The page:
The bridge over the Detroit River had the longest suspended central span in the world when it was completed in 1929—1,850 feet. This record held until the George Washington Bridge between New York and New Jersey opened in 1931; the bridge's total length is 7,500 feet. Construction began in 1927 and was completed in 1929; the architect was the McClintic-Marshall Company of Pennsylvania. The bridge is made up of 21,000 short tons of steel, the roadway rises as high as 152 feet above the Detroit River. Only the main span over the river is supported by suspension cables; the bridge's only sidewalk is on the structure's southwest side. After the September 11 attacks and bicycles were prohibited from traveling across the bridge due to increased security measures. For years prior to September 11, 2001, the sidewalk was closed due to ongoing maintenance projects and repainting. Painted gloss black, the bridge underwent a five-year refurbishment between 1995 and 2000, which included stripping and repainting the bridge teal.
Granite blocks used on the U. S. side, were given to the Windsor Parks and Recreation Department, now grace many of the pathways in Windsor parks. The Ambassador Bridge is the busiest crossing on the Canada–United States border; the four-lane bridge carries more than 10,000 commercial vehicles on a typical weekday. The Gateway Project, a major redesign of the U. S. plaza completed in July 2009, provides direct access to Interstate 96 and I-75 on the American side and Highway 3 on the Canadian side. The Canadian end of the bridge connects to busy city streets in west Windsor; the privately-owned bridge carries 25% of trade between Canada and the United States. The Canadian and United States governments have approved the construction of the Gordie Howe International Bridge proposed by the Detroit River International Crossing commission; the new bridge further downriver between Detroit and Windsor will be owned and operated by the Windsor-Detroit Bridge Authority, a Crown corporation owned by the Canadian federal government.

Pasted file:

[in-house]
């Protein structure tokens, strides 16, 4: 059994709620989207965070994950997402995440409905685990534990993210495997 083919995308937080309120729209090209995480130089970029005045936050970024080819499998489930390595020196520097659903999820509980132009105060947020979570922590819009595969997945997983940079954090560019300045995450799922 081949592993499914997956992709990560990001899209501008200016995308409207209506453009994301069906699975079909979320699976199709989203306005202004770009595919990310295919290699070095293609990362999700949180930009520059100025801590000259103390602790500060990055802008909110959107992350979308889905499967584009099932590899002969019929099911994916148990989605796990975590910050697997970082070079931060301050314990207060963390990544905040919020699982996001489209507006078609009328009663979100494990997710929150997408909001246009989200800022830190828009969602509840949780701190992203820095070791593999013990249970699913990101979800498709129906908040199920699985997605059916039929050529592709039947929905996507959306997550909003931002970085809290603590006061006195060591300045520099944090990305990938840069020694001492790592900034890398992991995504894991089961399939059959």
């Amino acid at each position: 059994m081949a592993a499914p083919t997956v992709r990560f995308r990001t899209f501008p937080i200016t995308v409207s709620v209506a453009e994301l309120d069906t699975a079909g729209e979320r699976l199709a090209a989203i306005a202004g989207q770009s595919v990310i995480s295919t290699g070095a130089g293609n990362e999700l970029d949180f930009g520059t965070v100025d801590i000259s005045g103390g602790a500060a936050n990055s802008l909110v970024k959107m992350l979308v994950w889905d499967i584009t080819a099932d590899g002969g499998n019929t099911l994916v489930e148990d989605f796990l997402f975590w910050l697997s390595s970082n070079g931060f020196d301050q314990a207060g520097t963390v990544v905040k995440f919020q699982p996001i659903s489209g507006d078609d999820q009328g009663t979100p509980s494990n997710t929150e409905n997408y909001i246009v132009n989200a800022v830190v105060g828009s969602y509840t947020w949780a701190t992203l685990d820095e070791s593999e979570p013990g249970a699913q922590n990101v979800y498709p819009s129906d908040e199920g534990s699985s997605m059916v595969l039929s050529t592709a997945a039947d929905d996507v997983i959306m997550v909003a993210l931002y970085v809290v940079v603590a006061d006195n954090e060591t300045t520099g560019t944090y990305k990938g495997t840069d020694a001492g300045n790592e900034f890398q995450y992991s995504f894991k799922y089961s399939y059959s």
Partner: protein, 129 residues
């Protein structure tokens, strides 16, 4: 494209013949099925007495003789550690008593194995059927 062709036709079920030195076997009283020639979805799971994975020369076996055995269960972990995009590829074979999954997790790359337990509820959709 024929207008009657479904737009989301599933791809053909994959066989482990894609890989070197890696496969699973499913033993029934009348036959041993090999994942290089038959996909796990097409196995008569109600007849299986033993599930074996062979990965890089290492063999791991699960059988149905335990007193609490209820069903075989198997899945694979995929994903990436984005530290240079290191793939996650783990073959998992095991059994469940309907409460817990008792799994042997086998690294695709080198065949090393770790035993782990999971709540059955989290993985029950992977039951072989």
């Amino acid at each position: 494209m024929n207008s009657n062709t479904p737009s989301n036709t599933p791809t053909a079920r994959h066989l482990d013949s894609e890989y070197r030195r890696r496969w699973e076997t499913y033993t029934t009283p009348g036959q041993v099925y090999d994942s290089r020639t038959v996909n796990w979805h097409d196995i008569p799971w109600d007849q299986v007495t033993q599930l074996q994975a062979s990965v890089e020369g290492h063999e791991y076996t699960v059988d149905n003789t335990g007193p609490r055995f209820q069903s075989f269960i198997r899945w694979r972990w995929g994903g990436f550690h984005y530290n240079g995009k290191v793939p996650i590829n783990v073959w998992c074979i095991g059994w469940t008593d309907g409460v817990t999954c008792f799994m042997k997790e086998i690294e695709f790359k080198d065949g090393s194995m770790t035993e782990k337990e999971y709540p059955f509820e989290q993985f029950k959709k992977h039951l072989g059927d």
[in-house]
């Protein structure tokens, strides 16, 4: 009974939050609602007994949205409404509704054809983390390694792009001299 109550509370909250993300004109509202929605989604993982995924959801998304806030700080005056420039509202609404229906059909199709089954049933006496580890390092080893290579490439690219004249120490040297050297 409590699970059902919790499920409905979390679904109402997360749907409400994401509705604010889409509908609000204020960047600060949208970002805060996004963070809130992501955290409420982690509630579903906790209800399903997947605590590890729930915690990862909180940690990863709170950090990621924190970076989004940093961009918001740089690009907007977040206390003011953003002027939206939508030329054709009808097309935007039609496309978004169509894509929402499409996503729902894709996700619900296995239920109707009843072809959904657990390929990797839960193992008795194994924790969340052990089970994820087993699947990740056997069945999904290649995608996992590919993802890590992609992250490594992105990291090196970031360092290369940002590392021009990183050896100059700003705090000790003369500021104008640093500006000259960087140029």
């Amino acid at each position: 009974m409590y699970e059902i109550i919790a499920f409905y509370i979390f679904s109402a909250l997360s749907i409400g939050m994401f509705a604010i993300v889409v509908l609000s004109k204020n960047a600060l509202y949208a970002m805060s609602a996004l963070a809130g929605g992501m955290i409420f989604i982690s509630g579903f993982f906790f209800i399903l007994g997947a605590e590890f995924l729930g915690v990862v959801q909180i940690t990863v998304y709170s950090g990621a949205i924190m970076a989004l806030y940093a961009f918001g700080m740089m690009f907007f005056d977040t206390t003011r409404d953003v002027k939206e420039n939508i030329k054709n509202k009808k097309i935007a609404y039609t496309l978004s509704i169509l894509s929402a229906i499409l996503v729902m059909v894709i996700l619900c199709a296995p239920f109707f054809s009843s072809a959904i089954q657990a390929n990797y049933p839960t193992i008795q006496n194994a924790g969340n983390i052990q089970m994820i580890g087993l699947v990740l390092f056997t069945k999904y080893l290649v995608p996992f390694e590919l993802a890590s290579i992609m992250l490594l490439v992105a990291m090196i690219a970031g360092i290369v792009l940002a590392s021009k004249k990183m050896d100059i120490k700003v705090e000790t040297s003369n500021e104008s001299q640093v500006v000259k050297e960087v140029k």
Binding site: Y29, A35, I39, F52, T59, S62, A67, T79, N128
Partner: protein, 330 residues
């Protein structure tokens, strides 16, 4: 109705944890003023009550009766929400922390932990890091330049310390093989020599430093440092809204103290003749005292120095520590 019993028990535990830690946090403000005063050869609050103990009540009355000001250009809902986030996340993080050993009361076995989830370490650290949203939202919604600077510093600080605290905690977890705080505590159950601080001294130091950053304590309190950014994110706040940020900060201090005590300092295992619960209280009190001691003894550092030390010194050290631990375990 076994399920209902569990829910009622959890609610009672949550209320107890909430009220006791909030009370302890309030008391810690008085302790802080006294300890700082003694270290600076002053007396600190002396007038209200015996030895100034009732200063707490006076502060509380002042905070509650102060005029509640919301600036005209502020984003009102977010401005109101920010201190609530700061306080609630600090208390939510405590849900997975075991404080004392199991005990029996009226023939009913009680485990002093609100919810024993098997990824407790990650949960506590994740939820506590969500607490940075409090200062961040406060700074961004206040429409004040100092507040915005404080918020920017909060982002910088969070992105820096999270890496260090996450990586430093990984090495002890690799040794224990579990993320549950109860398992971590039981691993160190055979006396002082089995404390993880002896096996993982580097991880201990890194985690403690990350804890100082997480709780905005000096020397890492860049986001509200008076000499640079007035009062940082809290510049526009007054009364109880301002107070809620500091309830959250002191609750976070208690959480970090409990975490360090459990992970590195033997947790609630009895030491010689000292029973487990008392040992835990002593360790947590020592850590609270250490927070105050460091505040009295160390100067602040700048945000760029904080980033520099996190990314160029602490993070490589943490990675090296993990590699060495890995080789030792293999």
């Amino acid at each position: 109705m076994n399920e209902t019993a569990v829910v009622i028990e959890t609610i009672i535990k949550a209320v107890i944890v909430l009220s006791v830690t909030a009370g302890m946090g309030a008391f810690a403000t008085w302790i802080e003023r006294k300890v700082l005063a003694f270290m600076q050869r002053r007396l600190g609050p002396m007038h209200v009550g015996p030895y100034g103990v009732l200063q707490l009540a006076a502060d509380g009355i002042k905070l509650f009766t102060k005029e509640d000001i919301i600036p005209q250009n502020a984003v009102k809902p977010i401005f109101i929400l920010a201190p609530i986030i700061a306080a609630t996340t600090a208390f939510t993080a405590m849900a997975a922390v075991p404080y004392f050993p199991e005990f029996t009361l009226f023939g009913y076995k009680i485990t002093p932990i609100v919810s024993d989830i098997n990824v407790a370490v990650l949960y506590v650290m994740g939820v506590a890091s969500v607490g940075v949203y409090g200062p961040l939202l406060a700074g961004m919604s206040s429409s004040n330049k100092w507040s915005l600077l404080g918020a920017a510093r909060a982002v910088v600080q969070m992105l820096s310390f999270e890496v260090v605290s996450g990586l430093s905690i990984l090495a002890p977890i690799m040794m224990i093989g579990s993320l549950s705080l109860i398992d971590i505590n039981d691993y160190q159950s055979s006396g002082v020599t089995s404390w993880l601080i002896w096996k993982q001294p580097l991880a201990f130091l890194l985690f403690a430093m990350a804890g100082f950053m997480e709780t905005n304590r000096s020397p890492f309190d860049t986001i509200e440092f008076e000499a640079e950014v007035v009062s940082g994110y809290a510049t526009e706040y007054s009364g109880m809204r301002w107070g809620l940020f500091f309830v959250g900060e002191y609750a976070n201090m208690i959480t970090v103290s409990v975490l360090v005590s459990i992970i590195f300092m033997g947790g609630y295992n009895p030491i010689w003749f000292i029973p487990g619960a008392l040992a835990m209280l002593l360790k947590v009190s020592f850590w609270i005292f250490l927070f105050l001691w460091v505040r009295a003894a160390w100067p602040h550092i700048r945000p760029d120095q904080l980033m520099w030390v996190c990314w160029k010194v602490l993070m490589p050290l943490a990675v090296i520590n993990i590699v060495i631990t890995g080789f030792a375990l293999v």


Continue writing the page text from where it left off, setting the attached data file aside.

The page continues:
Manuel "Matty" Moroun, private owner of the Ambassador Bridge, has spoken out against this proposal. He has sued the governments of Canada and Michigan to stop i
Robert Berg was an American jazz saxophonist from Brooklyn, New York City. Berg started his musical education at the age of six, he began playing the saxophone at the age of thirteen. He studied at the High School of Performing Juilliard before leaving school to tour. Berg was influenced by the late 1964–67 period of John Coltrane's music and was known for his expressive playing and tone. A student from the hard bop school, Berg played from 1973 to 1976 with Horace Silver and from 1977 to 1983 with Cedar Walton. Berg became more known through his short period in the Miles Davis band, he left Davis's band in 1987 after recording only one album, You're Under Arrest, with them. After leaving Davis's band, Berg released a series of solo albums and performed and recorded in a group co-led with guitarist Mike Stern. On these albums he played a more accessible style of music, mixing funk and country music with many other diverse compositional elements to produce albums, he played at the 7th Avenue South NYC club.